Chapter 7 Finding Places and Spaces Storage is a game for Butler especially because it is limited in her older home that has little closet space. She has a “reverse” approach to storage, asking “where can I incorporate that item in my surroundings instead of trying to figure out a way to store it away.” She also believes in storing objects close to where they will be used. She gives all kinds of useful storage tips throughout this chapter.
Chapter 8 Planting Ideas Eventually it will be time to go to the flower nursery to learn about flowers (colors, habits, need for sun, water, shade, blooming habits). Again, you need to write out a plan of what plants you want in your garden and where you want to put them. Being a collage artist, Butler treated her yard as a collage project and created sporadic points of interests with art themes sprouting about and 5 sitting areas.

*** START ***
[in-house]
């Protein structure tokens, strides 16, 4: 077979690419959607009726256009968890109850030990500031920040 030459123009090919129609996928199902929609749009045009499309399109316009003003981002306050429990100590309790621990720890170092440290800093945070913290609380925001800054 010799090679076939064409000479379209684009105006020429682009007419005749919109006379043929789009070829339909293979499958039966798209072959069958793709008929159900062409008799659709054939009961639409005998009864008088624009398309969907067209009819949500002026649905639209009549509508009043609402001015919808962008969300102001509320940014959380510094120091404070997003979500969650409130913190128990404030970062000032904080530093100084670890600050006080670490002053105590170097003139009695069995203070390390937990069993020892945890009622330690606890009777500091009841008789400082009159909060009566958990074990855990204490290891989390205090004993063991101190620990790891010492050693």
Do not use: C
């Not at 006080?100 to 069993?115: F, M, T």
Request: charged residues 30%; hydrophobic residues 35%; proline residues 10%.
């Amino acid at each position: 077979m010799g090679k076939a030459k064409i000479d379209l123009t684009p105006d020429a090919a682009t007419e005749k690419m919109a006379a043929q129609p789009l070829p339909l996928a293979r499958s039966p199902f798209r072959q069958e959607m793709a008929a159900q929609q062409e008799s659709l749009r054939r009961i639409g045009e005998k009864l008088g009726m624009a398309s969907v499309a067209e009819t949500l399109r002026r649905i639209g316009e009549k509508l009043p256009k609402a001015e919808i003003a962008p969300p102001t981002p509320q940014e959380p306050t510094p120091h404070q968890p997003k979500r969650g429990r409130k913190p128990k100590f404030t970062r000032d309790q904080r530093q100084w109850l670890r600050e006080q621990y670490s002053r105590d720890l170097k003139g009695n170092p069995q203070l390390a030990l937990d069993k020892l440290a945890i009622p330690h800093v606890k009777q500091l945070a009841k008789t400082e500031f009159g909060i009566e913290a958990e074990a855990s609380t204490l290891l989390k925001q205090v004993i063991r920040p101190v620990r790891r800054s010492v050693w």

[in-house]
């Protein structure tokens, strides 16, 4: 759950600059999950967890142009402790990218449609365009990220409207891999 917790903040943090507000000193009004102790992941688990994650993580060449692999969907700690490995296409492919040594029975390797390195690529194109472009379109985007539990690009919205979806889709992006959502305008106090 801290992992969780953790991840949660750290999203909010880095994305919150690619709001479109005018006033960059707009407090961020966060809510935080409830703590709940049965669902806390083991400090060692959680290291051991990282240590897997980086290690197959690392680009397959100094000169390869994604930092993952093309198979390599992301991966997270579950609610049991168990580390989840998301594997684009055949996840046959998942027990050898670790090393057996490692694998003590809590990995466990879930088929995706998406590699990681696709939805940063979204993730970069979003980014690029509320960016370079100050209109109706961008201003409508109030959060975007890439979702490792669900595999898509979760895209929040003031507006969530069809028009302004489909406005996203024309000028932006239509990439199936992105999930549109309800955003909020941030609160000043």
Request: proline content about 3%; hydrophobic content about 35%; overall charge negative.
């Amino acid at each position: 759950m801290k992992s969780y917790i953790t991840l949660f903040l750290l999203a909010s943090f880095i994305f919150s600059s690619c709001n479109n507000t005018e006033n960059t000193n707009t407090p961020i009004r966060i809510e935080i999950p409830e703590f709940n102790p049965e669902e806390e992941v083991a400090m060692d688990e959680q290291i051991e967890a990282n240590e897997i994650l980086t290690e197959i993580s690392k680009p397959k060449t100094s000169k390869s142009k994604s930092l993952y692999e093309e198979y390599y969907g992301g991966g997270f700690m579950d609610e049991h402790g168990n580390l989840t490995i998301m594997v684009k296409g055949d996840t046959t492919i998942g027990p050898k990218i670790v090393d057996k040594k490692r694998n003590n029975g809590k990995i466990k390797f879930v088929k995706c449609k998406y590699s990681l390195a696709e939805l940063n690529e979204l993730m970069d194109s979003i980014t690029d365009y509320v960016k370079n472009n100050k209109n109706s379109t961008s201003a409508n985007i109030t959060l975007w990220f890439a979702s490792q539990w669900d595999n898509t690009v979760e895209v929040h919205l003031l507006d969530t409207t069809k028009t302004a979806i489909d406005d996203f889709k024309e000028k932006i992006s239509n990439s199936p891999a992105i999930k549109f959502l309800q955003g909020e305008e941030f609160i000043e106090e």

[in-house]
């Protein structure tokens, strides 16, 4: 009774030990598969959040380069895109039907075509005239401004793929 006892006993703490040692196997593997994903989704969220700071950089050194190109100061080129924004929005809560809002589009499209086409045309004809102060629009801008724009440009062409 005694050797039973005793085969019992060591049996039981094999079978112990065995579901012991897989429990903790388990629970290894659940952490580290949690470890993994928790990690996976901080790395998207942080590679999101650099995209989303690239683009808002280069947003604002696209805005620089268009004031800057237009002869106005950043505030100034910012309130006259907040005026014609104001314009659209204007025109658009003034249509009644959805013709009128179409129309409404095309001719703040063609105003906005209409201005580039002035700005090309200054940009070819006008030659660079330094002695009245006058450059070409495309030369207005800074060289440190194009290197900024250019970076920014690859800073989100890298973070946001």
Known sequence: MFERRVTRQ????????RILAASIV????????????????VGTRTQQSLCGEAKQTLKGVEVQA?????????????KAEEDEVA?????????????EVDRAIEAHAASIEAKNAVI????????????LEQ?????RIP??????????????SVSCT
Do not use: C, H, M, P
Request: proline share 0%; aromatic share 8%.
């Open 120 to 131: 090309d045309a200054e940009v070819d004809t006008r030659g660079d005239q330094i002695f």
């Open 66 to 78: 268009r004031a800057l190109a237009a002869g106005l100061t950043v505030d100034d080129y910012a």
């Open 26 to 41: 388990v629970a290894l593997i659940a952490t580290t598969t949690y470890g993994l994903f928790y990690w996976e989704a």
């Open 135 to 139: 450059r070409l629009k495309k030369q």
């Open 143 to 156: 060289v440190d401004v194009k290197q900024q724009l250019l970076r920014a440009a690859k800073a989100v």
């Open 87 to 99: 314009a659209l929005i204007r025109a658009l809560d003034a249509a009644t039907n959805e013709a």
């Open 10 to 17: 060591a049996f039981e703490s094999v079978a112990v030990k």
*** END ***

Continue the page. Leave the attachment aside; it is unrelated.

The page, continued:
In the concluding chapter The Butterfly Has Emerged Butler’s cottage had been transformed as her own life underwent its own transformation. The book is not just about searching, finding and moving into a new home but rather is about a woman’s journey through the complete process of metamorphosis. Butler says “Our journey is never complete…until it is” And yet she goes on to say, “But we must learn to live with an incomplete “TO DO” List.” I enjoyed watching and reading the complete journey of Jill Butler because to me it was symbolically every woman’s journey. She portrayed her journey for all women to see and read with such style and creativity. This book is a real gem. I will leave you with a final quote from Butler…“Create your world your way.”
Note: all images in this article are by Jill Butler.